The remote work revolution, spurred on by the COVID-19 pandemic, has reshaped the landscape of work, transforming how businesses operate. The H-1B visa allows U.S. employers to temporarily employ foreign workers in specialty occupations that require specialized knowledge. But can H-1B workers work remotely like their American counterparts? The answer is yes — but it’s complicated.

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How to Work Remotely as an H-1B Worker

As an H-1B visa holder, your ability to work remotely boils down to the information found on your Labor Condition Application (LCA). The LCA is the backbone of every H-1B visa. It is the employer’s responsibility to the USCIS that lays out the information about their incoming non-immigrant worker. The LCA contains details about the job, such as:

  • Job Title & Role
  • Salary
  • Duration of Employment
  • Location

Traditionally, the H-1B visa requires the foreign worker to be employed at a location specified in the LCA filed by the employer.

The rules state that the employer who submits a LCA needs to mention a place of employment on the file. So, if part of your initial agreement with an employer included a work-from-home policy, as long as it is correctly indicated on the LCA, you are able to work remotely with an H-1B.

However, any changes to these details usually necessitate filing a new or amended LCA, followed potentially by an amended H-1B petition. If you have questions about your individual case, consulting with an immigration attorney may be your best course of action.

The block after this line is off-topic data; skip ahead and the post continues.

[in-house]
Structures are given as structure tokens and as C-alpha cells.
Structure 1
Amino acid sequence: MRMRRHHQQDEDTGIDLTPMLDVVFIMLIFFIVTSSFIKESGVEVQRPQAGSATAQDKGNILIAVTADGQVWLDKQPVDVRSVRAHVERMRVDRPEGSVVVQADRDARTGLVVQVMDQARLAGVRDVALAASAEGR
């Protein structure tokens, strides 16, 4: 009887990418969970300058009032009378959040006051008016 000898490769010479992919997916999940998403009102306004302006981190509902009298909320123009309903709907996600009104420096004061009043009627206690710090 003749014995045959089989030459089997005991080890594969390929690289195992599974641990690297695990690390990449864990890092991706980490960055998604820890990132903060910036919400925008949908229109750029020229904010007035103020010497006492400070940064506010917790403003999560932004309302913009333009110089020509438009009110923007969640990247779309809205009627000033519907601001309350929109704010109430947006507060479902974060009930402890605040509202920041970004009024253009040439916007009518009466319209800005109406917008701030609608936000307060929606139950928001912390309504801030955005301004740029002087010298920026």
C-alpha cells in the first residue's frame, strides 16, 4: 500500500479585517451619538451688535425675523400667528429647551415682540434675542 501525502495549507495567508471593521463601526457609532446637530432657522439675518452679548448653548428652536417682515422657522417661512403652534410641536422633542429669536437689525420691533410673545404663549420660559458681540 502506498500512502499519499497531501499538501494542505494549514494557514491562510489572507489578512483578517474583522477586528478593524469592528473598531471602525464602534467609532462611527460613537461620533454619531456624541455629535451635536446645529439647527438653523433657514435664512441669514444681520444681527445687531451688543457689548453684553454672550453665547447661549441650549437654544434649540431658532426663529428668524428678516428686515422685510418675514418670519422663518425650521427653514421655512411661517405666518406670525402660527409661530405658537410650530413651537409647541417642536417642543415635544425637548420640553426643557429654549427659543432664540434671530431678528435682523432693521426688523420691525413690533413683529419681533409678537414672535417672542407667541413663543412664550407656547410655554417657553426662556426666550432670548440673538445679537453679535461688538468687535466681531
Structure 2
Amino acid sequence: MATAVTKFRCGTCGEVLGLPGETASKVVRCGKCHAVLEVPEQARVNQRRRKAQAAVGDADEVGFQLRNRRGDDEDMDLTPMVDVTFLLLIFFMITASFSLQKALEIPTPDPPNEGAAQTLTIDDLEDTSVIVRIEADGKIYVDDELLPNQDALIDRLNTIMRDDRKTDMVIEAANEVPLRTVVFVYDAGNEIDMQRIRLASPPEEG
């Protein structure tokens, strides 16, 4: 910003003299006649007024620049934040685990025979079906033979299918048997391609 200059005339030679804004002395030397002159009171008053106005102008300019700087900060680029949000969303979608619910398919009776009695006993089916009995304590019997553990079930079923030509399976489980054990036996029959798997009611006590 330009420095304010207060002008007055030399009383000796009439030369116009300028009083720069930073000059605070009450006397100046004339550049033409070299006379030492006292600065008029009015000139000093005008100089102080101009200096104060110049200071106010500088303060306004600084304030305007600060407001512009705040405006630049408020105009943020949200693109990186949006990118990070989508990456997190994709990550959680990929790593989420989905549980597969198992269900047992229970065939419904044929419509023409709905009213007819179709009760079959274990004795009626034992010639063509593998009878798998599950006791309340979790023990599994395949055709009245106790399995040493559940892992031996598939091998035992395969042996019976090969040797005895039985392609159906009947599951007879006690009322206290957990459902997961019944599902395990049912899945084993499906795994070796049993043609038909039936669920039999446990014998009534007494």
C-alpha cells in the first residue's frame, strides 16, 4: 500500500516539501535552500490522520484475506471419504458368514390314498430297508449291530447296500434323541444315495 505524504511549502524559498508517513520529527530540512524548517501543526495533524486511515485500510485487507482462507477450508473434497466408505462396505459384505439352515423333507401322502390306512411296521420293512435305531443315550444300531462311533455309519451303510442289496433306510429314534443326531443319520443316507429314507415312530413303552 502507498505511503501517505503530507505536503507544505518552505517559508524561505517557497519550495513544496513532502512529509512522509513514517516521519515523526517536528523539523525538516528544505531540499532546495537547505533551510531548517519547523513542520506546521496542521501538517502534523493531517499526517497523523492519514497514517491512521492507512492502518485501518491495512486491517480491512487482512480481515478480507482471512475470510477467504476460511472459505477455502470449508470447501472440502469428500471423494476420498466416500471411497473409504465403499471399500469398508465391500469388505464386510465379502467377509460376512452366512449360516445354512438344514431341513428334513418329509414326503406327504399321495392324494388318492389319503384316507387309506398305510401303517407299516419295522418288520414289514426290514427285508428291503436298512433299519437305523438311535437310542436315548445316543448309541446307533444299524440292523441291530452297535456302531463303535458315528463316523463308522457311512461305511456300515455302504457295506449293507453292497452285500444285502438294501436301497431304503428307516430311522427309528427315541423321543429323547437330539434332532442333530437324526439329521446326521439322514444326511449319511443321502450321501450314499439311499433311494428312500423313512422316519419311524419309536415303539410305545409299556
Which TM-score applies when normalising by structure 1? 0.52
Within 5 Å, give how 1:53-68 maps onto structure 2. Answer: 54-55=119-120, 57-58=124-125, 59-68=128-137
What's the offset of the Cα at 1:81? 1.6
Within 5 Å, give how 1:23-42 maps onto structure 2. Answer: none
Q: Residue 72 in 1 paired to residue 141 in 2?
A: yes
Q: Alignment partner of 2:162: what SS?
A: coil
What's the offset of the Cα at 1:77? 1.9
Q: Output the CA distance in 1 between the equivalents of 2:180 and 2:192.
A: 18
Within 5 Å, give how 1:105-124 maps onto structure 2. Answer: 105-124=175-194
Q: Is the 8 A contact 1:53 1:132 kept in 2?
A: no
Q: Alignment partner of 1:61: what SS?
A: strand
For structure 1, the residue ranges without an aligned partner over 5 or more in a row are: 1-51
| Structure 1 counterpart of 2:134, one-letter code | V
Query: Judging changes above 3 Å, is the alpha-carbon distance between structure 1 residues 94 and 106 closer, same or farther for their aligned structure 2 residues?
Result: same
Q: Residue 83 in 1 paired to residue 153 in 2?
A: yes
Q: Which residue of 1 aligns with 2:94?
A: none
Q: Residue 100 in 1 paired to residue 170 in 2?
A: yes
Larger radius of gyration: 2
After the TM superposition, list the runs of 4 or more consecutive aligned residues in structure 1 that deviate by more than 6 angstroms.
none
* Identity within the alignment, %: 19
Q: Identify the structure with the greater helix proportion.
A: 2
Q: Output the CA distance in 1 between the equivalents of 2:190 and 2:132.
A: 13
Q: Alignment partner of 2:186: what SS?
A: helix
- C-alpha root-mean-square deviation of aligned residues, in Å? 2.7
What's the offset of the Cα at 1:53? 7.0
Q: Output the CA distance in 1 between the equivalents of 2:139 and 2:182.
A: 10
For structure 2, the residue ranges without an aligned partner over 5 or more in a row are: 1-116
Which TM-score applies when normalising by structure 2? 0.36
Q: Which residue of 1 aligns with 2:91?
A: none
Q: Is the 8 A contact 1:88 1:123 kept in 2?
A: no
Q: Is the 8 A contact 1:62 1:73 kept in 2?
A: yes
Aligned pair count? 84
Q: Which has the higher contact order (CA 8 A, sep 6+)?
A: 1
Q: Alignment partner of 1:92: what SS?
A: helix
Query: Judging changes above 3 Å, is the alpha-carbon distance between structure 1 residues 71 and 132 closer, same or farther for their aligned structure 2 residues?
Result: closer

H-1B Visa Location Flexibility

The LCA regulations mandate a specific work location, allowing for remote work, but with certain caveats.

Same Metropolitan Area

The Metropolitan Statistical Area (MSA) plays a significant role in determining whether an amended Labor Condition Application (LCA) is required for H-1B workers who change their work location to remote. When the new remote work location falls within the same MSA as the original worksite mentioned in the LCA, the U.S. Department of Labor generally does not require an amended LCA. This offers some flexibility to employers and employees alike, allowing for easier transitions to new work locations within the same geographical area.

Short-Term Placements

According to the short-term placement regulations, U.S. employers can place H-1B workers at new worksites not listed on the LCA and outside of the MSA for up to 30 to 60 days per year, depending on whether the employer has a permanent office at the new worksite. Conditions include:

– The worker must still maintain ties to their “home” worksite (i.e., the worksite listed on the LCA).
– The worker cannot already have another “primary” worksite.
– The employer must continue to pay the prevailing wage based on the LCA’s listed worksite and meet other LCA conditions.

Given the complexity and potential penalties for non-compliance, it is strongly advised that both employers and H-1B workers reach out to immigration attorneys experienced with H-1B regulations when considering any work arrangement that deviates from the original LCA and H-1B petition.

Home Office

If you’re an H-1B worker transitioning to a home office, your home address may need to be listed on the LCA as one of your work locations. This is especially important if the home office is in a different MSA than the employer’s primary worksite. Different MSAs can have different prevailing wages, and your employer must pay you the higher of the prevailing wage or the actual wage paid to similar workers, as required by the LCA.